Drivers could also buy longer range, more performance, or entertainment while charging


Volkswagen has been working on self-driving electric vehicles for a while, but now there’s a new twist: The company may let you sit back, relax, and enjoy the ride after you’ve paid for a monthly subscription.

Thomas Ulbrich, a member of Volkswagen’s board, told the German newspaper Die Welt that subscription features will start showing up in the second quarter of 2022 on vehicles in the company’s ID line of all-electric vehicles. He suggested autonomous driving, when it’s finally available, would be priced at €7 per hour – just over 10 Canadian loonies, although there’s no word when such a service might start up over here.

Ulbrich also mentioned possible subscriptions for increases to EV range or performance, or for entertainment features, such as video games, to pass the time while waiting for the vehicle to recharge.

Zellmer, Volkswagen’s chief sales officer, implied that by offering a subscription for services when they’re finally available, drivers could opt for a lesser-priced vehicle now and then spend a small hourly amount in future when they want to be autonomously driven, rather than pay much more now for a vehicle with the self-driving feature built into the price, but not yet fully operational — an obvious swipe at Tesla.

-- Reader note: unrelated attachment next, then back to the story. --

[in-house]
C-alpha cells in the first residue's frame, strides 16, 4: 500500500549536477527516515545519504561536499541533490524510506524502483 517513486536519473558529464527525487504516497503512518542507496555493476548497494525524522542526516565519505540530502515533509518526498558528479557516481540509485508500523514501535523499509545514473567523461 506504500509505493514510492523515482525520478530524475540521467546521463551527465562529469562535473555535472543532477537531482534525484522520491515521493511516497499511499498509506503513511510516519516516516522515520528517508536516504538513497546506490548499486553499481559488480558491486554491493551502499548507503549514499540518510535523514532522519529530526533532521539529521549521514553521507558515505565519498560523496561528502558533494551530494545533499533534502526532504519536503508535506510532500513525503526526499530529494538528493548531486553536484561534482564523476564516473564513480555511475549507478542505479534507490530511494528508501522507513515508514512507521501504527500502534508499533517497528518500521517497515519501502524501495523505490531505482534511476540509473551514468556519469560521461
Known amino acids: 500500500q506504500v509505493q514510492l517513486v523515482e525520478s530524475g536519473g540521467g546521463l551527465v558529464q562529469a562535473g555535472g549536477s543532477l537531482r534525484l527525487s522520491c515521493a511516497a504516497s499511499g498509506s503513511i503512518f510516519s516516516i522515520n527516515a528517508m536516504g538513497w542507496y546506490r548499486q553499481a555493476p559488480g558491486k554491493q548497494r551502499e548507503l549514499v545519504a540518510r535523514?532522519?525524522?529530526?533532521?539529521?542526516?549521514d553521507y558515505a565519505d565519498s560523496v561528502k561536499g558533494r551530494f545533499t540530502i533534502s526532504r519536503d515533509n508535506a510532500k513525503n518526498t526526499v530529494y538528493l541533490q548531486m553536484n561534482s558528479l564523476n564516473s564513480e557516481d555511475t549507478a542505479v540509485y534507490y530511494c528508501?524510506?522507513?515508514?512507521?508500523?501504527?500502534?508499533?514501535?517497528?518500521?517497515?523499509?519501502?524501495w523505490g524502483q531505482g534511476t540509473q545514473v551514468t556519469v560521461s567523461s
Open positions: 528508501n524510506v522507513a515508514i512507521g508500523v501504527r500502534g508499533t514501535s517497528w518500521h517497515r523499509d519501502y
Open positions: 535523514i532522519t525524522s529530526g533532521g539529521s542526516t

But if buying a few hours of your vehicle’s self-driving ability keeps your prices down, it’ll still add up to what could potentially be vast millions of euros for Volkswagen. According to Die Welt, the German automaker will offer several digital services to ID drivers, as it transitions from simply a carmaker into a mobility provider.

Volkswagen’s software development subsidiary, originally called Car.Software Organisation and since renamed Cariad, created a cloud-based automated driving platform working with Microsoft, and purchased a camera software business from Hella. The company said about 10 per cent of the Volkswagen Group’s software code is written in-house, but plans are to increase software development to 60 per cent internally by 2025.

Volkswagen certainly isn’t alone in exploring subscription-based features as a way of increasing revenue. In the past, Tesla charged owners to “unlock” the highest performance in some Model S cars, while BMW briefly charged owners in the past to access Apple CarPlay, and has mulled over the idea of subscriptions to keep features such as heated seats or adaptive cruise control operative once a trial period runs out.